I didn't know that building a well would require so much testing. It is uncertain if there will even be a good place for a well. I sure hope that I can find an optimal spot for building a well. I will have to set up a consult. Thanks for sharing.

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  12. Thanks for the comprehensive well drilling guide, Chris! If something were to ever happen, it would be nice to know how to do this. Not everyone knows how to get clean access to water, but now I do! It would be nice to have a high-yield well in my yard; I wouldn't have a need for a water bill! Great article!

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  13. Callie Marie says:

    My grandparents have a well on their property, and I have all ways thought it was a cool idea. The image comparing dug and drilled well types was really interesting. It seems like regardless of the type of well, the location is the most important part for a consistent water supply.

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  14. Carter Michaelson says:

    Wow, great article! My wife and I have been doing a lot of farming here at our home and some of our neighbors suggested that we locate well water. I don't really know anything about that, so I'm doing research. The more that I read, the more I am thinking about having someone come in and locate the water for me. I think it would make farming a lot easier and more affordable! Thanks for the great read!

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  15. My wife wants to put a water well at our family Cabin, and I'm sitting here thinking, "How in the world am I going to make a water well?" It actually looks super fun after reading this article. The first type of well listed in the article, the Dug Well, would be the one that she wants. Thanks for sharing this post with us!

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  16. I was under the impression that this digging my own well would be much cheaper. While I understand the initial cost may be paid off in the long run, it seems like a risk (especially in the southwest where I live)! I don't know anyone who has their own well, and sinkholes are common here... Is there anyone who has any experience with wells in the Southwest?

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  17. I'm a little confused about the aquifers. There's 15 million aquifers in America, and 97% of the water is underground... but how do you know for sure that there's water down there? I don't want to invest $4000 in a well to discover that there's nothing for 300 feet below my house.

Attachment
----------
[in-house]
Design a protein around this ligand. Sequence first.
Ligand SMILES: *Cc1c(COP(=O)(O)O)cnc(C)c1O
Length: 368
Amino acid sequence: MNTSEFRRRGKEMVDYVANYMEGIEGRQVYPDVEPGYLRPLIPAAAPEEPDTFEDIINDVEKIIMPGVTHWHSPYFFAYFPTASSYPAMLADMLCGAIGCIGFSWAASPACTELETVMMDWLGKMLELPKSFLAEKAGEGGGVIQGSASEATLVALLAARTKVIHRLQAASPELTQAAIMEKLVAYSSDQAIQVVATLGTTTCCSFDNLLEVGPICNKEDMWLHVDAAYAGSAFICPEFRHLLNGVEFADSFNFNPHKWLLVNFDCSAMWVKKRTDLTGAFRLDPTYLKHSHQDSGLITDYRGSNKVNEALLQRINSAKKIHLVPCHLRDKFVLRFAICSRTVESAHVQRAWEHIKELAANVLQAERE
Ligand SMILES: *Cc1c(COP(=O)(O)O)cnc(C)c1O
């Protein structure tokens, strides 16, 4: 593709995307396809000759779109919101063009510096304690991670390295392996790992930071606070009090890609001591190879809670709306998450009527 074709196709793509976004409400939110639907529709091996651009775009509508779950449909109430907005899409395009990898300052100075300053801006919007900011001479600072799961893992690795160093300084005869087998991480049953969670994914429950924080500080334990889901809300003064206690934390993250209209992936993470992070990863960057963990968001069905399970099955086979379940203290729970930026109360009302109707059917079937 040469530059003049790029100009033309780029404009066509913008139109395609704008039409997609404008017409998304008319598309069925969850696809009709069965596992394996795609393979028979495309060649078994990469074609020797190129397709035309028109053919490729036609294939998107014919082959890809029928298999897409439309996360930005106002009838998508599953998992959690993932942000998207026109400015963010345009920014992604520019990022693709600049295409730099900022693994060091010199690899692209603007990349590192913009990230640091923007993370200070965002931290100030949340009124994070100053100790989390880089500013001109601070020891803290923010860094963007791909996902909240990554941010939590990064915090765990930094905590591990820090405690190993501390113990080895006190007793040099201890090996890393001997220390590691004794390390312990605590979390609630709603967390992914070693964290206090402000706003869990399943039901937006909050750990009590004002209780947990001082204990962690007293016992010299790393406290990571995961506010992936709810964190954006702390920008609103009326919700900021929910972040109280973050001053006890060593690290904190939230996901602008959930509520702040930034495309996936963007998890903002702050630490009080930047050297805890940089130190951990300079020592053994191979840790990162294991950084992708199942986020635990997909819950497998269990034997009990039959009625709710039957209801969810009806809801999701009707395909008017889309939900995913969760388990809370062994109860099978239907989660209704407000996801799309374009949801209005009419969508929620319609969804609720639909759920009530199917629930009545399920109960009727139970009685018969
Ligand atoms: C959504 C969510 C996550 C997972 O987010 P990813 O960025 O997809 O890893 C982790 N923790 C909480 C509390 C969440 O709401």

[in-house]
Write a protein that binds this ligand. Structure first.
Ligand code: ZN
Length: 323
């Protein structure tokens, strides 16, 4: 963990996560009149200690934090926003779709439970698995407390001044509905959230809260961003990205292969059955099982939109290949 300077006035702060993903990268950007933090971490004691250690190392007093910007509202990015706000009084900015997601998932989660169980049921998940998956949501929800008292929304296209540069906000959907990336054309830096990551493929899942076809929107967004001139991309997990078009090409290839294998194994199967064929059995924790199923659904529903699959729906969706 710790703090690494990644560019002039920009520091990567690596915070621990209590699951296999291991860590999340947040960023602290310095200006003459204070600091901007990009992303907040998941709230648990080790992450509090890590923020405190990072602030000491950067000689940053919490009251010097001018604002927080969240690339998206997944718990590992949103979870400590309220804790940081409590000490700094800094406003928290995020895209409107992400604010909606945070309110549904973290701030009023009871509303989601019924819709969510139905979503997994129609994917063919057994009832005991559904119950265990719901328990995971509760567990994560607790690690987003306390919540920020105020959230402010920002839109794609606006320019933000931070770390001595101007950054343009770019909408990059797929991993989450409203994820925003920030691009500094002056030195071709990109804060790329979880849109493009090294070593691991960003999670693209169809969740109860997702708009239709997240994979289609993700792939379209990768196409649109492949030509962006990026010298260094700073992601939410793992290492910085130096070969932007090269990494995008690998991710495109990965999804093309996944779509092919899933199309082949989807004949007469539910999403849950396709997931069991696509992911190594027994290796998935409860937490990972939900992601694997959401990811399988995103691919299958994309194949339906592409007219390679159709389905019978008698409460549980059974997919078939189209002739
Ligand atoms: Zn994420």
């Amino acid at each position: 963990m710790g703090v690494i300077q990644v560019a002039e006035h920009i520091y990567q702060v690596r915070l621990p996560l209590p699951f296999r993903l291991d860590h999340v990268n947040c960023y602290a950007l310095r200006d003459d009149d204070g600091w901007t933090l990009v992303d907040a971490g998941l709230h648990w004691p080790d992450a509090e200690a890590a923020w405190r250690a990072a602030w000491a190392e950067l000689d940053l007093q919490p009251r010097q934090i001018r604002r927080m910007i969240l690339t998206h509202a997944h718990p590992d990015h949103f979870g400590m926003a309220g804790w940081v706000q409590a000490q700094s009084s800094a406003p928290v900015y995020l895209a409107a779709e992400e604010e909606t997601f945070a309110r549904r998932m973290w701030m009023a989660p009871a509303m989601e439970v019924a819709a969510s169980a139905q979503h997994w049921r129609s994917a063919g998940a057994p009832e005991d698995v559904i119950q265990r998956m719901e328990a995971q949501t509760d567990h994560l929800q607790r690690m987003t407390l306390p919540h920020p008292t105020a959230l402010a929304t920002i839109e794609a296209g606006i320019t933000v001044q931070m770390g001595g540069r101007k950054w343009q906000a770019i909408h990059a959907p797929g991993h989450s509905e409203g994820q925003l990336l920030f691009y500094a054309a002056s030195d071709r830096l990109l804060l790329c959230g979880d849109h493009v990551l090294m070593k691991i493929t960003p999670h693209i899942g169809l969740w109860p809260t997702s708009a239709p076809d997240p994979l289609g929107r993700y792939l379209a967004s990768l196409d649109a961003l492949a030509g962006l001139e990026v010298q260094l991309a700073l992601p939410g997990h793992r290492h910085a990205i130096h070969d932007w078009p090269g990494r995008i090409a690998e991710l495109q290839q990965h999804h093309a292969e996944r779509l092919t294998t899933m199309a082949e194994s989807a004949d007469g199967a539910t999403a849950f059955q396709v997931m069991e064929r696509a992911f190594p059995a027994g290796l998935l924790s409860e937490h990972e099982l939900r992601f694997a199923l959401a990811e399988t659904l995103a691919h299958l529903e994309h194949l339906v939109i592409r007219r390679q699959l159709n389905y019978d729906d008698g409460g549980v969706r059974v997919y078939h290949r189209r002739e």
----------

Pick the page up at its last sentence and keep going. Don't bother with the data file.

This very well may be just a problem in the southwest, but I would have no idea.

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  18. I really appreciate the image showing the different kinds of wells and how they work. I'd heard of driven wells before, but didn't really understand the difference between those and others. After reading this and looking at the image, I think we need to do a drilled well for our area. Thanks for the great info!

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  19. My grandparents had a well, and they were known for having really good water! Since then I've considered getting one in my future home, so this information was very interesting to me! If I can find either a company or someone to help me, I like the idea of having a Drilled Well. Thanks for all the help!

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  20. Sam Wilkins says:

    I didn't know that drilled wells can go as deep as 3,000 feet. My husband and I recently bought a cabin and are considering installing a water well. After reading this, I think it would be best to hire someone to drill it so it will be deep. Thanks for sharing!

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  21. My grandpa's Well went dry this spring and he's trying to find a good company to help him dig deeper and re-establish the well. I had no idea that wells could go to 3,000 feet deep. I'll have to talk to my grandfather to see how deep his well is and if he can dig deeper.

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  22. Thank you for providing these three important steps for digging a well. It is good to know that a well must be lined on the top part. I did not know that this is referred to as casing the hole. It is interesting to learn that this keeps surface water from contaminating the well. Something to consider would be to seek professional help to ensure that this project is carried out correctly and that water can be easily accessed when all is said and done.

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  23. if you need a deeper well than can be driven or dug by hand, look at cable percussion drilling. The tools are simple enough you can make them with a stick welder. It is an ancient technology and can be hand operated or mechanized.

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  1. […] Continue reading at SurvivoPedia: 3 Crucial Steps When Digging A Well […]

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  2. […] it’s a good idea to test your own home drinking water periodically just to be on the safe side. If you have well water, pollutants can creep in due to factors outside of your control such as draught, flooding, […]

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  3. […] it’s a good idea to test your own home drinking water periodically just to be on the safe side. If you have well water, pollutants can creep in due to factors outside of your control such as draught, flooding, […]

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  4. […] it’s a good idea to test your own home drinking water periodically just to be on the safe side. If you have well water, pollutants can creep in due to factors outside of your control such as draught, flooding, […]